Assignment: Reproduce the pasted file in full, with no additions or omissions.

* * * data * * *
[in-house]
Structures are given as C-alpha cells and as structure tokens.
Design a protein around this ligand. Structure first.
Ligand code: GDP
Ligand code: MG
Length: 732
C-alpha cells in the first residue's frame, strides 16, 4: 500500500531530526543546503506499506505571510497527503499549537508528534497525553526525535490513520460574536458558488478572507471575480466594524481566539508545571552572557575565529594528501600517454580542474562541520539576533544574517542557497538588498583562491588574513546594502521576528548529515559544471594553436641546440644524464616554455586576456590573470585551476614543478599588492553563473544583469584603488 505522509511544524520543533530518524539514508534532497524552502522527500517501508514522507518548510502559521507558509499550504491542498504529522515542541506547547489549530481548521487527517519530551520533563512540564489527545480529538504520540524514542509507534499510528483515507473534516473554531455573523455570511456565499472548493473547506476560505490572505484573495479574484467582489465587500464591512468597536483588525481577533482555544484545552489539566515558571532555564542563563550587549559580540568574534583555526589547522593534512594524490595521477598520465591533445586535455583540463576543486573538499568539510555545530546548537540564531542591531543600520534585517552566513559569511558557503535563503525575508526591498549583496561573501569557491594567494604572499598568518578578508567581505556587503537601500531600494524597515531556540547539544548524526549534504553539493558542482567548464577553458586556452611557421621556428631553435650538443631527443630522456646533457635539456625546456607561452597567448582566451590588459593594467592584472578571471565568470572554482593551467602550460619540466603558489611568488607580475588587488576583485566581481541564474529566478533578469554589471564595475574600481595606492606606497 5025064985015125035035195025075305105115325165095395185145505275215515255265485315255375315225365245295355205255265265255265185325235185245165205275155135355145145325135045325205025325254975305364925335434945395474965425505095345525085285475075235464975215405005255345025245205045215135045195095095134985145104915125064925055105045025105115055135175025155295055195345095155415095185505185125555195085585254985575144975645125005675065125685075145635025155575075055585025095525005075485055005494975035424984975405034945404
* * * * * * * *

[in-house]
Structures are given as C-alpha cells and as structure tokens.
Design a protein around this ligand. Structure first.
Ligand code: GDP
Ligand code: MG
Length: 732
C-alpha cells in the first residue's frame, strides 16, 4: 500500500531530526543546503506499506505571510497527503499549537508528534497525553526525535490513520460574536458558488478572507471575480466594524481566539508545571552572557575565529594528501600517454580542474562541520539576533544574517542557497538588498583562491588574513546594502521576528548529515559544471594553436641546440644524464616554455586576456590573470585551476614543478599588492553563473544583469584603488 505522509511544524520543533530518524539514508534532497524552502522527500517501508514522507518548510502559521507558509499550504491542498504529522515542541506547547489549530481548521487527517519530551520533563512540564489527545480529538504520540524514542509507534499510528483515507473534516473554531455573523455570511456565499472548493473547506476560505490572505484573495479574484467582489465587500464591512468597536483588525481577533482555544484545552489539566515558571532555564542563563550587549559580540568574534583555526589547522593534512594524490595521477598520465591533445586535455583540463576543486573538499568539510555545530546548537540564531542591531543600520534585517552566513559569511558557503535563503525575508526591498549583496561573501569557491594567494604572499598568518578578508567581505556587503537601500531600494524597515531556540547539544548524526549534504553539493558542482567548464577553458586556452611557421621556428631553435650538443631527443630522456646533457635539456625546456607561452597567448582566451590588459593594467592584472578571471565568470572554482593551467602550460619540466603558489611568488607580475588587488576583485566581481541564474529566478533578469554589471564595475574600481595606492606606497 5025064985015125035035195025075305105115325165095395185145505275215515255265485315255375315225365245295355205255265265255265185325235185245165205275155135355145145325135045325205025325254975305364925335434945395474965425505095345525085285475075235464975215405005255345025245205045215135045195095095134985145104915125064925055105045025105115055135175025155295055195345095155415095185505185125555195085585254985575144975645125005675065125685075145635025155575075055585025095525005075485055005494975035424984975405034945404